South-East Asian countries usually import crude glycerine and refine it locally as most of the glycerine consumed in this region is refined. In 2014, China imported 795,000 MT of crude glycerine and 164,000 MT of refined glycerine. At the same time, export reached mere 3,550 MT of refined product. The imported volumes increased by 30% between 2013 and 2014. Last year, the total consumption of refined glycerine in China accounted for 918,000 MT and is predicted to grow further in 2015.

The glycerine imported to Asia comes mainly from European and Argentinean biodiesel producers while 60-70% of the local supply is also a by-product of the esterification process. Due to recent changes in the Indonesian biodiesel policy introducing subsidies for biodiesel producers, the country might become an interesting glycerine supplier for China or India. It is difficult, though, to estimate the possible volumes that might be added to the market as a result of these legislation changes. Definitely, this will not be enough to satiate the ever growing demand for glycerine in this rapidly developing part of the world.

Future outlook

The world glycerine market keeps growing in two separate directions. First of all, new applications for glycerol are constantly being invented, making it a highly desired product: currently the number of glycerine uses reaches 2,000. Secondly, new geographical markets for glycerol appear due to the fact that new developing countries experience improvement in life standards of their citizens. As a result, the demand for products including glycerine is increasing. It is estimated that the total growth of the glycerine market between 2011 and 2018 should account for 6.3%.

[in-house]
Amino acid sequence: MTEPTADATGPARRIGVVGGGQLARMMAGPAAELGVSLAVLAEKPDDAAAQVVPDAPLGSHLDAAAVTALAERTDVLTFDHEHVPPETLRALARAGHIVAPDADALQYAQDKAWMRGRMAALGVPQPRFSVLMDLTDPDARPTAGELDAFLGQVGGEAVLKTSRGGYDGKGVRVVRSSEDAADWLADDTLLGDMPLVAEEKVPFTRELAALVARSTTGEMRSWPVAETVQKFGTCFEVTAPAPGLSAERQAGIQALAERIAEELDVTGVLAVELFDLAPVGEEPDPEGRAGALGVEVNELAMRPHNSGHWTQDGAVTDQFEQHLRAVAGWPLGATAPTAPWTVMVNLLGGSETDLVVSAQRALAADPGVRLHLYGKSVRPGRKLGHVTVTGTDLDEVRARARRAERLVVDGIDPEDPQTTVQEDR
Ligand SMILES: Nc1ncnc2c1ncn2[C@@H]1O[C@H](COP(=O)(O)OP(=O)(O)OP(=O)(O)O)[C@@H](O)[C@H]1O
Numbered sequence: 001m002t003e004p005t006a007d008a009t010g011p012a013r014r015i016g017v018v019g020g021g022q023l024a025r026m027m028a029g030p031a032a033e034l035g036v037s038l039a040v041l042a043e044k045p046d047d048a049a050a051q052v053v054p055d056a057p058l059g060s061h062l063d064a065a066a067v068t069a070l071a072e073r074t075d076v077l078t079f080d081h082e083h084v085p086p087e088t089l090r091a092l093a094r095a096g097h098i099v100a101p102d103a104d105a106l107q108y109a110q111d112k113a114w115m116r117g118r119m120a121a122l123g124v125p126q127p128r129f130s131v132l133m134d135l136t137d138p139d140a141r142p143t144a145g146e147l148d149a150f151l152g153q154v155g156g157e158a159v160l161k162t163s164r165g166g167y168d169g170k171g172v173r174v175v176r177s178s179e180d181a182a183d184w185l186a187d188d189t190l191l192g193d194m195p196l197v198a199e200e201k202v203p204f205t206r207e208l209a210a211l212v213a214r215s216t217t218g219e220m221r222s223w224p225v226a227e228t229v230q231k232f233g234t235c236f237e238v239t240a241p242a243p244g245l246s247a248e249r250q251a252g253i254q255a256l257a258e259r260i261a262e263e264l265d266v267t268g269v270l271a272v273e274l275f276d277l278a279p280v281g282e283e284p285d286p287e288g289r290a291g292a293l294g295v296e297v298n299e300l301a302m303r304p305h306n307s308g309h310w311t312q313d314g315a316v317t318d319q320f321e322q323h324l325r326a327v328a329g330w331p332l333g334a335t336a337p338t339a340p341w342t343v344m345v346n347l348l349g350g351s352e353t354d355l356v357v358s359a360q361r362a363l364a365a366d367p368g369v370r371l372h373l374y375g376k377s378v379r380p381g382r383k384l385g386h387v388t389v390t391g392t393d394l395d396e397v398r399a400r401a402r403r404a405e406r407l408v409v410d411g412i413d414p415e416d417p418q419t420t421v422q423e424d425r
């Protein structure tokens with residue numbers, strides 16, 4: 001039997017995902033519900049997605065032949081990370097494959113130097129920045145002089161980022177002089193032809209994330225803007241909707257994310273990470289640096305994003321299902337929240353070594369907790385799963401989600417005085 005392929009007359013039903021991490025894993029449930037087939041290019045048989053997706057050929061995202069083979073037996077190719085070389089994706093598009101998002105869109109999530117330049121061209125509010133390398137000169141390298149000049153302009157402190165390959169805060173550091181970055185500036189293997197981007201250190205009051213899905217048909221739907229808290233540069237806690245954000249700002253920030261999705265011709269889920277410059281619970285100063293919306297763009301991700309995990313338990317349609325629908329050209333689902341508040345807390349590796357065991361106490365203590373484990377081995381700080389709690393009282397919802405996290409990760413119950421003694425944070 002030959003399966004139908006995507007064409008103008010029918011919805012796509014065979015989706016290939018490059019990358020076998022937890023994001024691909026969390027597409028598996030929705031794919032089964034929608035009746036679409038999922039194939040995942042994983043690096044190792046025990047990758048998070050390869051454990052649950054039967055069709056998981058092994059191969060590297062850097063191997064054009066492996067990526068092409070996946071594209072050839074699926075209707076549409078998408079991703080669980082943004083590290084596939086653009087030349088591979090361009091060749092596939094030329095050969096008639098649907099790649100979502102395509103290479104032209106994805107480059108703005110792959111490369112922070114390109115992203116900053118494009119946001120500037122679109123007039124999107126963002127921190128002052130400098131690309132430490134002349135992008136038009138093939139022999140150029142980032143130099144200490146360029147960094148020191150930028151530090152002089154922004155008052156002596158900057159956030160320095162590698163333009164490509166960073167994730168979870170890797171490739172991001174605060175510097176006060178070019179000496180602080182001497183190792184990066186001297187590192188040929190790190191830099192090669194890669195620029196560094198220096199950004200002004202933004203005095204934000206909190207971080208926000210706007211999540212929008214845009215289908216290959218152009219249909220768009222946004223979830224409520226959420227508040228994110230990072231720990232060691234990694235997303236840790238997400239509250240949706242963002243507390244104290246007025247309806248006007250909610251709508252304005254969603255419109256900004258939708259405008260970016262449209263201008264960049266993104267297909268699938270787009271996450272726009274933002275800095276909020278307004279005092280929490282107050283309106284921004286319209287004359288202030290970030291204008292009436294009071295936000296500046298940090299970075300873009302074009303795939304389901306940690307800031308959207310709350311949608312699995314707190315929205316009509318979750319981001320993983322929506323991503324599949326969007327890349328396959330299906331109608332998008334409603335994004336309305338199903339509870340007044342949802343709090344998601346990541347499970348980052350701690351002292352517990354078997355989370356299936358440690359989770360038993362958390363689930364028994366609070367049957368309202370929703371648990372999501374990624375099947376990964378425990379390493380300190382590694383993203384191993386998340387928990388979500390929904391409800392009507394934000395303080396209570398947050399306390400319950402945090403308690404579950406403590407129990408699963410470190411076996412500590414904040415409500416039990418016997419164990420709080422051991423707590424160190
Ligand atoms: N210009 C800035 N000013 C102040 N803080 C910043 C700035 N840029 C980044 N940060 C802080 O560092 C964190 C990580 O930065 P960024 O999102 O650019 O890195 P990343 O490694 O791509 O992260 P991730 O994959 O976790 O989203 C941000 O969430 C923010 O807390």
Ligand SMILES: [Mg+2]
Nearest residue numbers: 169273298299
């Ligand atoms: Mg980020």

The key question that remains is whether the supply will keep up with the increasing need for glycerine given its independence from demand. This will be determined solely by the development of the biodiesel industry and the legislative support for biodiesel production in countries that are new to this industry.

It is also interesting to note that the popularization of HVO will not help to ease the situation on the glycerine market as the production process of green diesel does not result in glycerol as by-product. Thus, if the biodiesel mandates do not increase in the future HVO production might even have a negative impact on the glycerine market. It is connected with the promotion of waste-based biofuels at the expense of first generation biodiesel production. However, with the HVO sector constituting still a relatively small percentage of the regular biodiesel market, this should not be considered as a realistic threat for the glycerine supply, at least in the next few years.

The forecasted development of the biodiesel production in Asia or Argentina should help to balance the supply and demand on the glycerine market in the future. At the same time, it should contribute to the further expansion of the personal care and pharmaceutical uses of glycerol and the availability of such products in the developing regions.